Apache Cassandra 1.1 Documentation

CQL Lexical Structure

This document corresponds to an earlier product version. Make sure you are using the version that corresponds to your version.

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CQL input consists of statements. Like SQL, statements change data, look up data, store data, or change the way data is stored. Statements end in a semicolon (;).

For example, the following is valid CQL syntax:

SELECT * FROM MyColumnFamily;

UPDATE MyColumnFamily
  SET SomeColumn = 'SomeValue'
  WHERE columnName = B70DE1D0-9908-4AE3-BE34-5573E5B09F14;

This is a sequence of two CQL statements. This example shows one statement per line, although a statement can usefully be split across lines as well.

CQL Case-Sensitivity

In CQL 3, identifiers, such as keyspace and table names, are case-insensitive unless enclosed in double quotation marks. You can force the case by using double quotation marks. For example:

  Foo int PRIMARY KEY,
  "Bar" int

The following table shows partial queries that work and do not work to return results from the test table:

Queries that Work Queries that Don't Work
SELECT "foo" FROM ...  
SELECT "Bar" FROM ...  

SELECT "foo" FROM ... works because internally, Cassandra stores foo in lowercase.

CQL keywords are case-insensitive. For example, the keywords SELECT and select are equivalent, although this document shows keywords in uppercase.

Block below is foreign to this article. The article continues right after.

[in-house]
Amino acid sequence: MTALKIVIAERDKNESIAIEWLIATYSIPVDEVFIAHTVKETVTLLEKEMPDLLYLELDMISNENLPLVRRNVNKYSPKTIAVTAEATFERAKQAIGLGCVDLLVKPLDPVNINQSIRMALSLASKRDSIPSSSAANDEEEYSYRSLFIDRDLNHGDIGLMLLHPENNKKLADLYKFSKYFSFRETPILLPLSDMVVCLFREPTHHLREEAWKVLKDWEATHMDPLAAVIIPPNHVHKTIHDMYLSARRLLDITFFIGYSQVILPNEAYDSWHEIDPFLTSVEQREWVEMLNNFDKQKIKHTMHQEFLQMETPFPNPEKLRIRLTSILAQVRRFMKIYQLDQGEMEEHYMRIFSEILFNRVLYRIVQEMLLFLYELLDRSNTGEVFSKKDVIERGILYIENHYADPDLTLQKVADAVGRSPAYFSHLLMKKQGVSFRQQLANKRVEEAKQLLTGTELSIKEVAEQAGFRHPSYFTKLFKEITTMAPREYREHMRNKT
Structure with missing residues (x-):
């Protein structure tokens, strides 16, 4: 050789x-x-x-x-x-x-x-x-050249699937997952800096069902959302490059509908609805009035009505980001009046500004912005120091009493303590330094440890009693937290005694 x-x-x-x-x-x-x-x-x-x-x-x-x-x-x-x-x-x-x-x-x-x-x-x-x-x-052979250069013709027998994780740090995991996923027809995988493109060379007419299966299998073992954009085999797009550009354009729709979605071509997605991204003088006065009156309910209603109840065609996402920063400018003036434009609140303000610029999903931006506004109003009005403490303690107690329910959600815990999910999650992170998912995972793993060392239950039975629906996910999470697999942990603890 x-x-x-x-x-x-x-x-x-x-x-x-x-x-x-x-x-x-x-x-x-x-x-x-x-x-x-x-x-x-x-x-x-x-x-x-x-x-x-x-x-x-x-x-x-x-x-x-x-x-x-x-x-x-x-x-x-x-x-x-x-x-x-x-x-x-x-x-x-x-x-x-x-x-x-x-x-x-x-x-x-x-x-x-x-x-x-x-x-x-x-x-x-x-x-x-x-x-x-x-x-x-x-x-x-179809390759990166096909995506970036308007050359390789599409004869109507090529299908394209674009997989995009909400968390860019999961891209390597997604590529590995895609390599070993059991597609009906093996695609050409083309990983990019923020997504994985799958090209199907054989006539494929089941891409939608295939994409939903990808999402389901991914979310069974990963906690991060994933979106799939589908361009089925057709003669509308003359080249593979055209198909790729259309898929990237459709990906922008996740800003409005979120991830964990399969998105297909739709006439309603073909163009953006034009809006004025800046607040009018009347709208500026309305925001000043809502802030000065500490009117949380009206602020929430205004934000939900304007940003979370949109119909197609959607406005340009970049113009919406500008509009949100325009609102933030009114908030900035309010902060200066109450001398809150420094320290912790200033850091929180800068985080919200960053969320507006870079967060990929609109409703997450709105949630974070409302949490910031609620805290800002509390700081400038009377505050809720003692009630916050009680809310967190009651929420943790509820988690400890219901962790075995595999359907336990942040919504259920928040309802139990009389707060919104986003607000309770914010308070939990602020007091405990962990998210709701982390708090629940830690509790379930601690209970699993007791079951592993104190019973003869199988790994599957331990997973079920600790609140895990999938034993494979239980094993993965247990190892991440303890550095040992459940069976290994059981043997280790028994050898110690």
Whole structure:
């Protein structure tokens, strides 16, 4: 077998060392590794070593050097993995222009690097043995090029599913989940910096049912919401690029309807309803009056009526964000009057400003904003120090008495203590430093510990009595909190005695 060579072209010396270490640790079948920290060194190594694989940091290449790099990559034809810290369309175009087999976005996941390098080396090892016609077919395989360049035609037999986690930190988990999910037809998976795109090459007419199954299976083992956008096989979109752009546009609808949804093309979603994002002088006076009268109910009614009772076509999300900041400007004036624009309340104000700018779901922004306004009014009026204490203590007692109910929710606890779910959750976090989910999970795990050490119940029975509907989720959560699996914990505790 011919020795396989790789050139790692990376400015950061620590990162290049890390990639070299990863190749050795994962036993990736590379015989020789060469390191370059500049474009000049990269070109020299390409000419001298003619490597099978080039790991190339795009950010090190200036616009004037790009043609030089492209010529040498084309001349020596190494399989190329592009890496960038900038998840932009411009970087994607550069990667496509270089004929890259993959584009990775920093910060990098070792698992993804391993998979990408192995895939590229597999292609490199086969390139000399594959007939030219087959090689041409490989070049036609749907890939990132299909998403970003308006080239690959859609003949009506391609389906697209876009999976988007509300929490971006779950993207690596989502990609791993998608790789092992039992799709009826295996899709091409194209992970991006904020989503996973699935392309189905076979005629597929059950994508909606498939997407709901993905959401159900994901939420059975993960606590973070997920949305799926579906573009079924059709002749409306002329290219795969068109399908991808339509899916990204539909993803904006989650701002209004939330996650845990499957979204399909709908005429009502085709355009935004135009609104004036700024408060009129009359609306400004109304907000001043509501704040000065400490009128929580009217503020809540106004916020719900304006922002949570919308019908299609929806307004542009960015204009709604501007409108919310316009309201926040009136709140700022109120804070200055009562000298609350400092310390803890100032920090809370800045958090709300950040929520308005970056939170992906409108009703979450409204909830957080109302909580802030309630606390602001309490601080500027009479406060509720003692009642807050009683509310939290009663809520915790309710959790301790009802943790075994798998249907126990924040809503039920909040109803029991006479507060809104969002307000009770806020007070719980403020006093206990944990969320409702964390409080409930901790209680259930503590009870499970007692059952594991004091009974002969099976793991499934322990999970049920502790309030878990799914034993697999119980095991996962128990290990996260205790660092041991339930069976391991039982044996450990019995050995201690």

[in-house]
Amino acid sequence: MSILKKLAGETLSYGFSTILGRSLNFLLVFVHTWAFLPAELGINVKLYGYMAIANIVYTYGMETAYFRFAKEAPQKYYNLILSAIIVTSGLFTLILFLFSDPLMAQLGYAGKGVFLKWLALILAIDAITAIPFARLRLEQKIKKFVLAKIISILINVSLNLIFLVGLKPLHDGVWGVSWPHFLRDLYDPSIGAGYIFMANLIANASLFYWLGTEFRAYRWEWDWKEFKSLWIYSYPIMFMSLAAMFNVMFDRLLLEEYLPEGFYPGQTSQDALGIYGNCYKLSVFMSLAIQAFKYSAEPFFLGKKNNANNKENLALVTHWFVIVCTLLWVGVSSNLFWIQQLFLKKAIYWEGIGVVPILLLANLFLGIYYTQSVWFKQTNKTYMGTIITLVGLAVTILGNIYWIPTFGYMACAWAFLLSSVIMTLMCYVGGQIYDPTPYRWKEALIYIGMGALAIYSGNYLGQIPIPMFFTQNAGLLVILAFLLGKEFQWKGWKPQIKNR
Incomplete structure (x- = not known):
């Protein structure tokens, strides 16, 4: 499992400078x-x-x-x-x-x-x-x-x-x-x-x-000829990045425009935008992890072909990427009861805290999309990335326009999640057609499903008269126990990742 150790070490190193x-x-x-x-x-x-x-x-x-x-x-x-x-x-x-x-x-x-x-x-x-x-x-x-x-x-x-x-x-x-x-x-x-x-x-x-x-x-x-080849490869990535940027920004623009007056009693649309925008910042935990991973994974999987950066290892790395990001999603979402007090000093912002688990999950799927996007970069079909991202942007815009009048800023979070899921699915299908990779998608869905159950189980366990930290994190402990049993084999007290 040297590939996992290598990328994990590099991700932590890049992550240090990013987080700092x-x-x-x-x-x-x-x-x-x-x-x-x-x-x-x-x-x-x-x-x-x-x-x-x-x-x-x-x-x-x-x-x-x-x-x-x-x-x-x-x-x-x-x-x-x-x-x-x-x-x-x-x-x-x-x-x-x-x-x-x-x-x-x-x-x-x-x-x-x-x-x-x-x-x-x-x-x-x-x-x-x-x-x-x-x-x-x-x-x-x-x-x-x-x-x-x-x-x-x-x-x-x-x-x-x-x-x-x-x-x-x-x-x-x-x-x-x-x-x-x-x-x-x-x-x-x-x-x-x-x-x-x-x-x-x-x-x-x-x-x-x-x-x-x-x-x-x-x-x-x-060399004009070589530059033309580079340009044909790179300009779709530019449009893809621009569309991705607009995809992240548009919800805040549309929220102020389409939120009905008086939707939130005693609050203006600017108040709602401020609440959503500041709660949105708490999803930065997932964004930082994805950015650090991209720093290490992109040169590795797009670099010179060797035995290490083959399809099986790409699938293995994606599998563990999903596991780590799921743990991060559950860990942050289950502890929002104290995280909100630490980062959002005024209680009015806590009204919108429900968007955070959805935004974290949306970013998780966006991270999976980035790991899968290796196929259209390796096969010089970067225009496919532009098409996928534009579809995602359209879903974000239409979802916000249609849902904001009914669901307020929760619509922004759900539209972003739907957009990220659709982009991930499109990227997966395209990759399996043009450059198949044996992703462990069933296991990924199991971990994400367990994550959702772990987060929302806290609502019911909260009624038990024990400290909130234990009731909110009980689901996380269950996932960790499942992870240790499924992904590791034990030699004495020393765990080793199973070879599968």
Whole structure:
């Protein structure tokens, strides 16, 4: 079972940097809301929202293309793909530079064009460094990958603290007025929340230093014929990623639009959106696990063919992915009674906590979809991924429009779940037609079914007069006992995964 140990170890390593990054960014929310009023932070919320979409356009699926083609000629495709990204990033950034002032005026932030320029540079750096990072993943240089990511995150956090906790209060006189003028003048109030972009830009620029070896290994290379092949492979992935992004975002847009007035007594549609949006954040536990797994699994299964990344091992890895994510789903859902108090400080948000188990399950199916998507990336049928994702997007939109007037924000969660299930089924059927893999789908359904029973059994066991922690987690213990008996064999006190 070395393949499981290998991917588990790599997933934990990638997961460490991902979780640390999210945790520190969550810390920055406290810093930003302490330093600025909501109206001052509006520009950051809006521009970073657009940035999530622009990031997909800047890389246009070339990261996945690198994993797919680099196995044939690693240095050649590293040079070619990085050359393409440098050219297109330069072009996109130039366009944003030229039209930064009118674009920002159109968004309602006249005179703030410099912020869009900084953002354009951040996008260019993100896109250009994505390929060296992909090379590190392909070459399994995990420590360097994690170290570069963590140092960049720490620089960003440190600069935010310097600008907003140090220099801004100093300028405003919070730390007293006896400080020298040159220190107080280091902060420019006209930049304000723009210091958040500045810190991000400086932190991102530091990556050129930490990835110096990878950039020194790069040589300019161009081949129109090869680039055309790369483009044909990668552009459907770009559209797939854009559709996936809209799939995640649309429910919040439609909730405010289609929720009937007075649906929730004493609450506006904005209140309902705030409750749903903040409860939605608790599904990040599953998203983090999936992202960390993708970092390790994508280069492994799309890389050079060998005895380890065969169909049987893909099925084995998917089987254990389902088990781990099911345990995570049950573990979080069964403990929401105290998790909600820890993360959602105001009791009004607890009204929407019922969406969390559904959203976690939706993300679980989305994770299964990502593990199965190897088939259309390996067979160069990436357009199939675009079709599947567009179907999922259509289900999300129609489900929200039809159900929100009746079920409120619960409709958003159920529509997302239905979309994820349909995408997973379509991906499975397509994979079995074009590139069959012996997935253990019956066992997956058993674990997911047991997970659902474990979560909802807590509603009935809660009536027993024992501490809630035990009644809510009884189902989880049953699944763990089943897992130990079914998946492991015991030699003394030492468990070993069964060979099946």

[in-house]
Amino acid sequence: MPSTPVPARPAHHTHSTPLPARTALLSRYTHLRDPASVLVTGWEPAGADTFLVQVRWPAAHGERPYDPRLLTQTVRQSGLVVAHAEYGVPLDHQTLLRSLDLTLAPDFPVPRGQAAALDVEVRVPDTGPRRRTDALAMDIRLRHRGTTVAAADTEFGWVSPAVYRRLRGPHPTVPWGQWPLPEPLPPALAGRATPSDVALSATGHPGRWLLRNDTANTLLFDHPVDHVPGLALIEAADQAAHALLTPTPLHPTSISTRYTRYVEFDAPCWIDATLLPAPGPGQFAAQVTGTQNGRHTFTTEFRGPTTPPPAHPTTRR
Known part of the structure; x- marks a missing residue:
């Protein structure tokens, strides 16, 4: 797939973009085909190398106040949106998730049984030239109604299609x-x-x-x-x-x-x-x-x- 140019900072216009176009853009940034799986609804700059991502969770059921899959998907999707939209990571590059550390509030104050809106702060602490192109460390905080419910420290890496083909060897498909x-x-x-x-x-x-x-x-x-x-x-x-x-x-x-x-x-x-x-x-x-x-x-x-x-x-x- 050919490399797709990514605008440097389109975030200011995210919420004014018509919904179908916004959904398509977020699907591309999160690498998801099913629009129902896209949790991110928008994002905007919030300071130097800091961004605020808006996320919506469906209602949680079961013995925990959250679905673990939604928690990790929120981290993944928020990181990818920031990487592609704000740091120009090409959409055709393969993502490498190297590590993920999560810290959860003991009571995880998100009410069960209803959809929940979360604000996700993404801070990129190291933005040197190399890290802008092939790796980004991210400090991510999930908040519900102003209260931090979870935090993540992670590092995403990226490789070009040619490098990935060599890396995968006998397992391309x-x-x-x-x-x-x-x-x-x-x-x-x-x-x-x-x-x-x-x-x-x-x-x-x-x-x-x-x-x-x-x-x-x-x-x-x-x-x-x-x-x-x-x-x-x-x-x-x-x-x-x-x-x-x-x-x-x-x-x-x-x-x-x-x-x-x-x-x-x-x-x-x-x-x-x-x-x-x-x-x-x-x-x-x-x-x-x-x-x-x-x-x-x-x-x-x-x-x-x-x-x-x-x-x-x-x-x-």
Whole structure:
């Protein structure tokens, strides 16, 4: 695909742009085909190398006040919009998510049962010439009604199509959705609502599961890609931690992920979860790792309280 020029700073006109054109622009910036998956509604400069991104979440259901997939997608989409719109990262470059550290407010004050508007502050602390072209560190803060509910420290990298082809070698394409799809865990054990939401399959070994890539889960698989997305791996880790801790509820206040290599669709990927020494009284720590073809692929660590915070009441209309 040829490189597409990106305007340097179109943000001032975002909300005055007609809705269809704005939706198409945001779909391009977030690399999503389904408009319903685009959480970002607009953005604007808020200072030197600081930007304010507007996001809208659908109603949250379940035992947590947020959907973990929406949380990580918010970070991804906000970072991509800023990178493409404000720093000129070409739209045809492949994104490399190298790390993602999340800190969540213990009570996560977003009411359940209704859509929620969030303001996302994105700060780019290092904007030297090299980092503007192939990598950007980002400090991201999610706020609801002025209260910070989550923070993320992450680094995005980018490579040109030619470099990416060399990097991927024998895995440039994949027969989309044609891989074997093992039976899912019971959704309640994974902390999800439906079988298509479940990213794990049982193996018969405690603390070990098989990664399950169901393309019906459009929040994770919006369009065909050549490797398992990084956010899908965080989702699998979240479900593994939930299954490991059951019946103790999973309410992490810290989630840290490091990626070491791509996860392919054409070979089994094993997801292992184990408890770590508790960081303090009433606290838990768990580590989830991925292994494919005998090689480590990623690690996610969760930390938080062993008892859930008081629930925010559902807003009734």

Keywords and Identifiers

Column names that contain characters that CQL cannot parse need to be enclosed in double quotation marks in CQL3. In CQL2, single quotation marks were used.

Valid expressions consist of these kinds of values:

  • identifier: A letter followed by any sequence of letters, digits, or the underscore.
  • string literal: Characters enclosed in single quotation marks. To use a single quotation mark itself in a string literal, escape it using a single quotation mark. For example, ''.
  • integer: An optional minus sign, -, followed by one or more digits.
  • uuid: 32 hex digits, 0-9 or a-f, which are case-insensitive, separated by dashes, -, after the 8th, 12th, 16th, and 20th digits. For example: 01234567-0123-0123-0123-0123456789ab
  • float: A series of one or more decimal digits, followed by a period, ., and one or more decimal digits. There is no provision for exponential, e, notation, no optional + sign, and the forms .42 and 42. are unacceptable. Use leading or trailing zeros before and after decimal points. For example, 0.42 and 42.0.
  • whitespace: Separates terms and used inside string literals, but otherwise CQL ignores whitespace.